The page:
<< All News Tuesday, December 7, 2021 - 03:00pm Categories:
Story by Deb Seminary, contributing writer

School districts across North Dakota have been dealing with teacher shortages for several years. And, beginning with the 2019-2020 school year, the North Dakota Education Standards and Practices Board (ESPB) declared all areas (all academic areas needing a license) as having a shortage. The preliminary results for the 2021-2022 school year show the trend continuing, and even worsening, in some areas.

Some of the reasons for shortages include enrollment growth, retirements, teachers entering other professions instead of teaching in rural districts, and fewer young people entering the profession. More recently, stress from COVID-19 and school safety have also been factors.

The North Dakota Department of Public Instruction formed the Educator Recruitment and Retention Task Force in 2015 to find solutions. One answer was to help teachers with student loan payback. The 2017 legislature passed Senate Bill 2037, which makes teachers who teach in geographical areas identified as having shortages, and in grade levels and content areas that have a declared teacher shortage, eligible for student loan forgiveness.

There is no single solution for every school, but the North Dakota Personalized Competency-Based Learning initiative (ND PCBL) could be another remedy. The Northern Cass School District, which participates in ND PCBL, is located in a rural setting between Fargo and Grand Forks and regularly attracts quite a number of applicants.

“Northern Cass has been fortunate to attract high-quality applicants for its open positions since it committed to personalized competency-based learning,” said Dr. Cory Steiner, Northern Cass School District superintendent. “As recently as two years ago, we had over 50 applicants for an open position. When we conduct interviews, we ask applicants what they know about Northern Cass. A typical response is, ‘We know you do education differently and I want to be a part of that. It is so exciting to me.’ This has helped us attract applicants in a majority of our positions which allow us to choose an educator who will be the right fit and demonstrates the competencies of adaptability, accountability, communication, leadership, and a learner’s mindset.”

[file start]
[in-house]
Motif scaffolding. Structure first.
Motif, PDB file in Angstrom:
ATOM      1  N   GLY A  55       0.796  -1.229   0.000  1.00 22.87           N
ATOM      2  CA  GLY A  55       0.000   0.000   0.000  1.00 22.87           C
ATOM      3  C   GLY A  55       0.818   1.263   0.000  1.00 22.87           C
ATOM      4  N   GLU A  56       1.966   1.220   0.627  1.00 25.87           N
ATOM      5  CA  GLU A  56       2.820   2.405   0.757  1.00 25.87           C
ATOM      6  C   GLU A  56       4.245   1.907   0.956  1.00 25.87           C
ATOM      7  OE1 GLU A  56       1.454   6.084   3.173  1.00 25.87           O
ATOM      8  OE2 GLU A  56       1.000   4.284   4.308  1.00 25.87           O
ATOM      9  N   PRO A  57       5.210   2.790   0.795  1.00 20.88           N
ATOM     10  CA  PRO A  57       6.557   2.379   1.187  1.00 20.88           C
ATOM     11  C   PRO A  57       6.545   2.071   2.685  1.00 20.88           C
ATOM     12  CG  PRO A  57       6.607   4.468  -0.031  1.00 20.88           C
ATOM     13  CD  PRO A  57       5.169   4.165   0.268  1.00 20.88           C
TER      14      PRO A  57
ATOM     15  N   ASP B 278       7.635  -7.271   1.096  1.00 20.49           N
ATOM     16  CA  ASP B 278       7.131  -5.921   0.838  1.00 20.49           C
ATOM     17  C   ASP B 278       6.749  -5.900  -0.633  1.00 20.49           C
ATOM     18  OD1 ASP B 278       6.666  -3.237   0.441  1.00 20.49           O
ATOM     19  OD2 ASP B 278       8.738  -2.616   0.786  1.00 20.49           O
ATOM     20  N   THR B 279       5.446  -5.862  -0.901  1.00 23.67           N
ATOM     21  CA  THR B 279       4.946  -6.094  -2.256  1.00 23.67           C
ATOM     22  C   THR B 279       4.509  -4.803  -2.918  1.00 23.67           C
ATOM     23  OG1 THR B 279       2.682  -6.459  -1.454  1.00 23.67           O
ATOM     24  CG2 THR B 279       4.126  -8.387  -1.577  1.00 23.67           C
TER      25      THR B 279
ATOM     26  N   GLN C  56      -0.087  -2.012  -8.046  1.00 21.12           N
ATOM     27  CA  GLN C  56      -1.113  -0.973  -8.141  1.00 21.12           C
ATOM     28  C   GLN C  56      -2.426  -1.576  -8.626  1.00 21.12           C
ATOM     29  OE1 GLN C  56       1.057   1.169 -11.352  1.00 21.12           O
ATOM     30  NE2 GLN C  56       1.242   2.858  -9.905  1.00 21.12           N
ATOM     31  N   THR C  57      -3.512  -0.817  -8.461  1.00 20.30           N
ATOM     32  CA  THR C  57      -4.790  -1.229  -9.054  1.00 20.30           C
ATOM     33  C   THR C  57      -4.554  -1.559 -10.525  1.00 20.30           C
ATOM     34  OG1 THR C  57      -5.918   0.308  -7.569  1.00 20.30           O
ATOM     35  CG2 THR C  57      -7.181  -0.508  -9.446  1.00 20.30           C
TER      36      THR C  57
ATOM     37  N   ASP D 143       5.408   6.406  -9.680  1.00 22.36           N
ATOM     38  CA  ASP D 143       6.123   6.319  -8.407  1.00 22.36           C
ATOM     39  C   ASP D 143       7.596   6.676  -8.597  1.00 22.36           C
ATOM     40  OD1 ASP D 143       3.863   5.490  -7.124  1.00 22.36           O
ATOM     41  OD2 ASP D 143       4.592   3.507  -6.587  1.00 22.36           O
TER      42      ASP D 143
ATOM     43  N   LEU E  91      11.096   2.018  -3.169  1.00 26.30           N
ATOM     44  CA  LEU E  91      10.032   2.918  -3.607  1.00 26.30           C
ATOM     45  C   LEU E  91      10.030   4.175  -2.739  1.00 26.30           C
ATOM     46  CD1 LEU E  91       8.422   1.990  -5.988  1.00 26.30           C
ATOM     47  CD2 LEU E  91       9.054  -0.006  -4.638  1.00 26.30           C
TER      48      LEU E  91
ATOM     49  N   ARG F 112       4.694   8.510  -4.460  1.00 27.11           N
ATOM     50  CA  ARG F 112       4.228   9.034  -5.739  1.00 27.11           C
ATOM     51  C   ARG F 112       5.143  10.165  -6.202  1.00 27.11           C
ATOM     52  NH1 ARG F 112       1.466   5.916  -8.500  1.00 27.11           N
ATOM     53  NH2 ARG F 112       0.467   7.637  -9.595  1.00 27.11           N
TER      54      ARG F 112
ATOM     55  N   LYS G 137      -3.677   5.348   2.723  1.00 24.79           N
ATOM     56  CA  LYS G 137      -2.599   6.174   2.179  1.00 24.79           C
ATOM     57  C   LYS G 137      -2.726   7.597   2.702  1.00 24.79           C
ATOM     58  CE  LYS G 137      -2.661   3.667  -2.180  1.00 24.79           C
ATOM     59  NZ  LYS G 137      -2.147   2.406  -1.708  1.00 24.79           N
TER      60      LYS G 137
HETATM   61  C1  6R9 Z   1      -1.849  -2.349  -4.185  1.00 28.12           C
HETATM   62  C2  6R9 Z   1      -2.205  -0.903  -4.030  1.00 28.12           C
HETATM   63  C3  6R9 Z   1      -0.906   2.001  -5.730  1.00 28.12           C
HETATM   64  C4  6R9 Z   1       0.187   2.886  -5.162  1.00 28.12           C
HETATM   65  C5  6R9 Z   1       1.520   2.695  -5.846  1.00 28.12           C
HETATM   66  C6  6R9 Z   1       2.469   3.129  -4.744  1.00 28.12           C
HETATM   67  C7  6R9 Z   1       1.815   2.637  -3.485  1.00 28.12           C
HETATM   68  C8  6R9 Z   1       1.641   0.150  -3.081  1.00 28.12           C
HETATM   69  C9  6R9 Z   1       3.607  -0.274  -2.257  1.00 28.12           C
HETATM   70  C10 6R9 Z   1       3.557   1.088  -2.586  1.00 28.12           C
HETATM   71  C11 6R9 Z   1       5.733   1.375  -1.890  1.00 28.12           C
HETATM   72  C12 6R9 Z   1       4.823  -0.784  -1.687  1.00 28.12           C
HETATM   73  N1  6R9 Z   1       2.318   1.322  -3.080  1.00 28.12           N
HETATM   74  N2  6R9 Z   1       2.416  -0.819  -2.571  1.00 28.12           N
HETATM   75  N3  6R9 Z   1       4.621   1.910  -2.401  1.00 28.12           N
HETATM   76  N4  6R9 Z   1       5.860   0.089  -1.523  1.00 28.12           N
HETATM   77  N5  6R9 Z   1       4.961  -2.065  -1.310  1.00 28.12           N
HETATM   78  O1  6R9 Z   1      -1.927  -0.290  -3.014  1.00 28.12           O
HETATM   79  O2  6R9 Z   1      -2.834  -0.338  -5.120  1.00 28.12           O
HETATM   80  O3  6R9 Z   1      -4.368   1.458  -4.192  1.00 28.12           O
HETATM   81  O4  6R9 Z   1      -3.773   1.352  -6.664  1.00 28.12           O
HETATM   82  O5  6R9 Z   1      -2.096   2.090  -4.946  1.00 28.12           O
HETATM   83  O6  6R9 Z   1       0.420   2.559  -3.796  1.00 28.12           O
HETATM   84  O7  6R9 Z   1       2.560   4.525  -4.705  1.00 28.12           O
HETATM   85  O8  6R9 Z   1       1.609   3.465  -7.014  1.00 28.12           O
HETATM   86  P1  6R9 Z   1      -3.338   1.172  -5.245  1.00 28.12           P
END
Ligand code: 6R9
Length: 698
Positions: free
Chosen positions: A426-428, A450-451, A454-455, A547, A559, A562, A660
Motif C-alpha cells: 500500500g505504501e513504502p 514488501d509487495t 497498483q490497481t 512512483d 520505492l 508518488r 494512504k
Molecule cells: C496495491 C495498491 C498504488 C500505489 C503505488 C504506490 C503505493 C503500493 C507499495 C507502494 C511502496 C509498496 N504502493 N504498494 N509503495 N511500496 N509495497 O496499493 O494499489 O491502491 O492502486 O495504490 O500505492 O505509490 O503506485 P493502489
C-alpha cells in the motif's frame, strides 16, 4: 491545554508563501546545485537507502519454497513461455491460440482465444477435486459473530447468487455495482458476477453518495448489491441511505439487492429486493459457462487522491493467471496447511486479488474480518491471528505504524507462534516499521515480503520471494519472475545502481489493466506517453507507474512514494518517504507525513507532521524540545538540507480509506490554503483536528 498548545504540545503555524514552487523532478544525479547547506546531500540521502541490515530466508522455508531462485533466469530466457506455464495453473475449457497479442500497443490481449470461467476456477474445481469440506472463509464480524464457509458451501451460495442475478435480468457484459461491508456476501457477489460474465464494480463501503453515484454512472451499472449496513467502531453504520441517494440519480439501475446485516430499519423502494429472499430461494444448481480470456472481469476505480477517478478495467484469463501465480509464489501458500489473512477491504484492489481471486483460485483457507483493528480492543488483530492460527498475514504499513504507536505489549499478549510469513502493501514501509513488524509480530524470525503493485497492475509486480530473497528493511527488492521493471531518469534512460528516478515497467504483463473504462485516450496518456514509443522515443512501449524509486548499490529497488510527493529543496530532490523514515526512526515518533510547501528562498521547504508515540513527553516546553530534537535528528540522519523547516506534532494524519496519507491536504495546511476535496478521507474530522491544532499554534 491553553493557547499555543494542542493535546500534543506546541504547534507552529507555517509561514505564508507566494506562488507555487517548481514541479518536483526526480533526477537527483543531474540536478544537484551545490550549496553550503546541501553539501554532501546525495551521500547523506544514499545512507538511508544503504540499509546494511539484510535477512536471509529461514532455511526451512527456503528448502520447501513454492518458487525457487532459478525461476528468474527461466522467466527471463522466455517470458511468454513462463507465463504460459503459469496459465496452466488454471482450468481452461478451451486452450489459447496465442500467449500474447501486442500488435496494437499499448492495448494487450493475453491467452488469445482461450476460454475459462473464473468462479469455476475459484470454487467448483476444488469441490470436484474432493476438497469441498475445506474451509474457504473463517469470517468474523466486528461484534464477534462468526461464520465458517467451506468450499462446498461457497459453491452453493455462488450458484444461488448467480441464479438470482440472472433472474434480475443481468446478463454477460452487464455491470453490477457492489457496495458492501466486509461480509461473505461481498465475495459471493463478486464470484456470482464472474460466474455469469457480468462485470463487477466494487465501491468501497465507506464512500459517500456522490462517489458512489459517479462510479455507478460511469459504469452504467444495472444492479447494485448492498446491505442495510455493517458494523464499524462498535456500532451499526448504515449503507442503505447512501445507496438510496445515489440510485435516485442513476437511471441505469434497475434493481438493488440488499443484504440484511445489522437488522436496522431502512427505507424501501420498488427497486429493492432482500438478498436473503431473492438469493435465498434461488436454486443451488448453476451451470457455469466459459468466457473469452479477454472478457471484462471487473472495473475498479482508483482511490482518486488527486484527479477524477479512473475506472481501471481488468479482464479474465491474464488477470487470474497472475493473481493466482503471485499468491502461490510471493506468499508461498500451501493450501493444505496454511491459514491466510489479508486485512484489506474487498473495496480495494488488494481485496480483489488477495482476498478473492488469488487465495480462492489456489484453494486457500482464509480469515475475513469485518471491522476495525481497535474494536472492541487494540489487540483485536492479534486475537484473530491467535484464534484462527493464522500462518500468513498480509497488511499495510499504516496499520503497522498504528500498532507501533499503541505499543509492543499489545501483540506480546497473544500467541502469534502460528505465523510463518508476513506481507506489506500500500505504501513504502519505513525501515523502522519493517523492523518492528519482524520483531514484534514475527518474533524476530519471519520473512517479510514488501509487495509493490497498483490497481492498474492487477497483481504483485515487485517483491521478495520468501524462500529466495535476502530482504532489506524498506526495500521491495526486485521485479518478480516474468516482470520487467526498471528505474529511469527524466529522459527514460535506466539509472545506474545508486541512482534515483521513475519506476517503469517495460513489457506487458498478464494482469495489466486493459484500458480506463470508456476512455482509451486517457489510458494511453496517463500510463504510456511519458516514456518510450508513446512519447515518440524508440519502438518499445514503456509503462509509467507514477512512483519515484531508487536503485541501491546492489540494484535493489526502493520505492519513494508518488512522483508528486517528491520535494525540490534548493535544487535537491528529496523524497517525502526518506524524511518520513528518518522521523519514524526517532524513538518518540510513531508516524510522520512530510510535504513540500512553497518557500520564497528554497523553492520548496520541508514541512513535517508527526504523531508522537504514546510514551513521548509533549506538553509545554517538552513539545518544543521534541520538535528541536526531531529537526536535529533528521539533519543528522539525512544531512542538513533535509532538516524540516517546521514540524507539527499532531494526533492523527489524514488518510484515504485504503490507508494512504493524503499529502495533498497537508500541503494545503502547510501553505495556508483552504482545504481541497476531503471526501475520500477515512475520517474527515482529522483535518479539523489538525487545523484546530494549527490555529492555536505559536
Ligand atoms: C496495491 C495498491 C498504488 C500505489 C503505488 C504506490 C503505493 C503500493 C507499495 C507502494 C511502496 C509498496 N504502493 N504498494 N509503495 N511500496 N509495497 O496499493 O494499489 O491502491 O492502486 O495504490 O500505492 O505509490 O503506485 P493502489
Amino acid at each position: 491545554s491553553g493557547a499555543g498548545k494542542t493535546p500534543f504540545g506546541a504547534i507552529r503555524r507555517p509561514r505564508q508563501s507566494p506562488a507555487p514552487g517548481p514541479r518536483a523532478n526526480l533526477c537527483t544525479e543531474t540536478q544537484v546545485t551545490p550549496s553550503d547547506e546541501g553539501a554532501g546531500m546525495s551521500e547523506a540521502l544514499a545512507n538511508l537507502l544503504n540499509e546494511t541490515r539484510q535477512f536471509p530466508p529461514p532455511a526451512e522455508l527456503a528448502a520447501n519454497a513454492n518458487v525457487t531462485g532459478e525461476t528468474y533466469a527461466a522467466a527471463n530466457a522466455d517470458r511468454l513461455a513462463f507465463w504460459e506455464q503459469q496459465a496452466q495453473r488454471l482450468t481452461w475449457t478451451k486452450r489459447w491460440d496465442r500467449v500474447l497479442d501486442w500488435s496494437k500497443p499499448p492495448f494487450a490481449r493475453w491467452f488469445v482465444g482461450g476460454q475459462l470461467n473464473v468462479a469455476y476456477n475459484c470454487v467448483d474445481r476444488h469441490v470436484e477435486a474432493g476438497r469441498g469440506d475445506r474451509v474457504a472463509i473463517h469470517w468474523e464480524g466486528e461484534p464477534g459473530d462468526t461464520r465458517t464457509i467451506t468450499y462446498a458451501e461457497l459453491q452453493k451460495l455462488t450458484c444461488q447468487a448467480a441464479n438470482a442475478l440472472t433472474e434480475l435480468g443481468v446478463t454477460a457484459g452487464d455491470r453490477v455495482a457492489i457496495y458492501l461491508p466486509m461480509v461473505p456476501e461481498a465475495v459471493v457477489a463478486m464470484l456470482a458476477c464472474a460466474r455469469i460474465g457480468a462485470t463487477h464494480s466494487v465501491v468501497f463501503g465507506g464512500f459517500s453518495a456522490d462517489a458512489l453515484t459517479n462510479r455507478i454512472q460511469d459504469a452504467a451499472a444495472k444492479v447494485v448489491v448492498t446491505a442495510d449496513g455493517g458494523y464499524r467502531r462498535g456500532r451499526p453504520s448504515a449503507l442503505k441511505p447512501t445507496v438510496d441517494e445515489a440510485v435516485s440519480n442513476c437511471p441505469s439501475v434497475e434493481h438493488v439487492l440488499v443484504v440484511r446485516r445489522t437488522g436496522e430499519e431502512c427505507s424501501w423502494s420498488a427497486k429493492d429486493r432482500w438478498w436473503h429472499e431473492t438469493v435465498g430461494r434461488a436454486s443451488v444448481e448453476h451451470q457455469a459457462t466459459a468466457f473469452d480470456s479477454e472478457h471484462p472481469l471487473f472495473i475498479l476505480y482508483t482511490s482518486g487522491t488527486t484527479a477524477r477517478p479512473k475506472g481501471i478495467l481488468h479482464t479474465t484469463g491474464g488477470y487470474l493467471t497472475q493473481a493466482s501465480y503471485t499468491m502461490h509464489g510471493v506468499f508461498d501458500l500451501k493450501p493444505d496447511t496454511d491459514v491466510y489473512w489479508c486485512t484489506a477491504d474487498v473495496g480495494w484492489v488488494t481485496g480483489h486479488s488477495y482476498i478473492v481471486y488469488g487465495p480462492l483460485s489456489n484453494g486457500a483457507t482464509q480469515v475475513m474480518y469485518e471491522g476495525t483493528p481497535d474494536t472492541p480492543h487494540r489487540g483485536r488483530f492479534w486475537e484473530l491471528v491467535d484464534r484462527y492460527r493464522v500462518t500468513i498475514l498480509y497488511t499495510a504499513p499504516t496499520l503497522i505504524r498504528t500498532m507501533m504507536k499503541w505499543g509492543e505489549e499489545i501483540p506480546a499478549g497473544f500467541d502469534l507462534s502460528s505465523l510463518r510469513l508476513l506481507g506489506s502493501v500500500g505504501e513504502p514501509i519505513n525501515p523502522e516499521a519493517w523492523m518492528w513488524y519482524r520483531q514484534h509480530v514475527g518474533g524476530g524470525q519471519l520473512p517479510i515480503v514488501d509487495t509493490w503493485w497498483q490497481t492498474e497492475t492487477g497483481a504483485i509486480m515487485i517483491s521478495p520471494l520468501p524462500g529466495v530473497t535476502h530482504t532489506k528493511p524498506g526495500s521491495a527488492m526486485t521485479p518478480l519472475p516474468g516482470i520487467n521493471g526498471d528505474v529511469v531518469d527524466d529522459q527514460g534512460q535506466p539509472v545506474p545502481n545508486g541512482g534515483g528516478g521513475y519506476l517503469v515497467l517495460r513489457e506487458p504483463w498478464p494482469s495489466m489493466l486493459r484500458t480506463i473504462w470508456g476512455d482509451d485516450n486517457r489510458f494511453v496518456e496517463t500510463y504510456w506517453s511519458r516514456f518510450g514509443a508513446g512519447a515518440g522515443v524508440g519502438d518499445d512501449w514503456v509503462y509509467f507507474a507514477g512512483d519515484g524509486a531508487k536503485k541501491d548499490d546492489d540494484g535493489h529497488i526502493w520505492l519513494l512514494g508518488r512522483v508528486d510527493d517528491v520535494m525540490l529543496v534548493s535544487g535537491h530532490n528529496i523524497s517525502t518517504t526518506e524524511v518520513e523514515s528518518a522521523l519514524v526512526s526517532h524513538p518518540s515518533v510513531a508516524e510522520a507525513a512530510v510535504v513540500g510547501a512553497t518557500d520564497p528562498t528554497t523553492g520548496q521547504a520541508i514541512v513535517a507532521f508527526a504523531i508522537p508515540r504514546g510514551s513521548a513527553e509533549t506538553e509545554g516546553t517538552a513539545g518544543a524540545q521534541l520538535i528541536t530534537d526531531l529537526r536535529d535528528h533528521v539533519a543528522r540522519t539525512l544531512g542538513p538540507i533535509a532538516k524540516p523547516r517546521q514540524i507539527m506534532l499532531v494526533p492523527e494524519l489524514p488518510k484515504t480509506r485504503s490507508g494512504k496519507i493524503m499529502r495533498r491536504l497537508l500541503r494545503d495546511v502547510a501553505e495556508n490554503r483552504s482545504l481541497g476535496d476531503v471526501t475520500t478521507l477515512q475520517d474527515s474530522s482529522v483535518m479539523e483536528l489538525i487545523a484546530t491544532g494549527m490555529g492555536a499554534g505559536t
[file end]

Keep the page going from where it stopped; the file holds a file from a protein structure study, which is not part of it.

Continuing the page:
Another solution has been to bring in teachers that may not have the true, full credentials that a teaching job ordinarily requires. The North Dakota legislature started allowing this when they saw that some communities were growing faster than they could hire teachers.

Nick Archuleta, president of North Dakota United, said there are many factors in attracting and retaining teachers. “It’s important to look at how teachers are recruited into the profession, how they are supported once they are there, and of course – compensation,” he said. “Schools should also go out of their way to make learning mean something to the students, show them they can use their education to solve real world problems. Students have to see school as a place they want to be. The result will be that both teachers and students will become even more creative and more enthused about the work they do. That in and of itself will help to recruit and retain the very best to teach in North Dakota.”

Support, especially during the first year of teaching, seems to play a big factor in teacher retention. Dr. Ellie Shockley, an educational data warehouse specialist for North Dakota University System, recently shared some survey research. The most commonly-mentioned issue was the management of students’ behavior. Since this is not something that can be learned from a textbook or lecture, having the benefit of support from administration and veteran teachers can be a big upsell for a school when looking to fill positions.

One teacher who echoed the importance of support is Nick Hornbacher, who has taught English and journalism for five years at Legacy High School in Bismarck.

“Our administrators have created a culture where we are trusted as professionals,” he said. “We don’t have traditional teacher lounges; we are able to collaborate with every teacher and talk about how students are doing in other subjects. The relationships I have formed with the teachers, administration, and students is important to me because teaching is relationship-based.”

The good news? Teaching is a very attractive profession for a lot of people. Maybe those that are in it and love it can be used as recruiters to encourage more young people to declare education majors after high school.

One of those ‘recruiters’ could be Janean Johnson, an instructional coach of reading and math for Mandan Public Schools. She taught for 33 years and retired to take care of aging parents. However, because of her incredible passion for teaching, she returned to education and loves her current position.

“I truly feel you never outgrow your ability to make a difference in the life of a child,” said Johnson. “Having the daily contact with amazing students and staff keeps my mind, heart, and spirit incredibly grateful and fulfilled. I am honored to still be a part of it all.”

Hornbacher, who was drawn to teaching partly because his parents and a grandparent are teachers and also because he had teachers who encouraged it, said that teaching is tough, but it is worth it.

“I would tell anyone considering going into teaching that it is a job that keeps me on my toes and every day is different,” he explained. “It is not the easiest profession, but it is very rewarding.”



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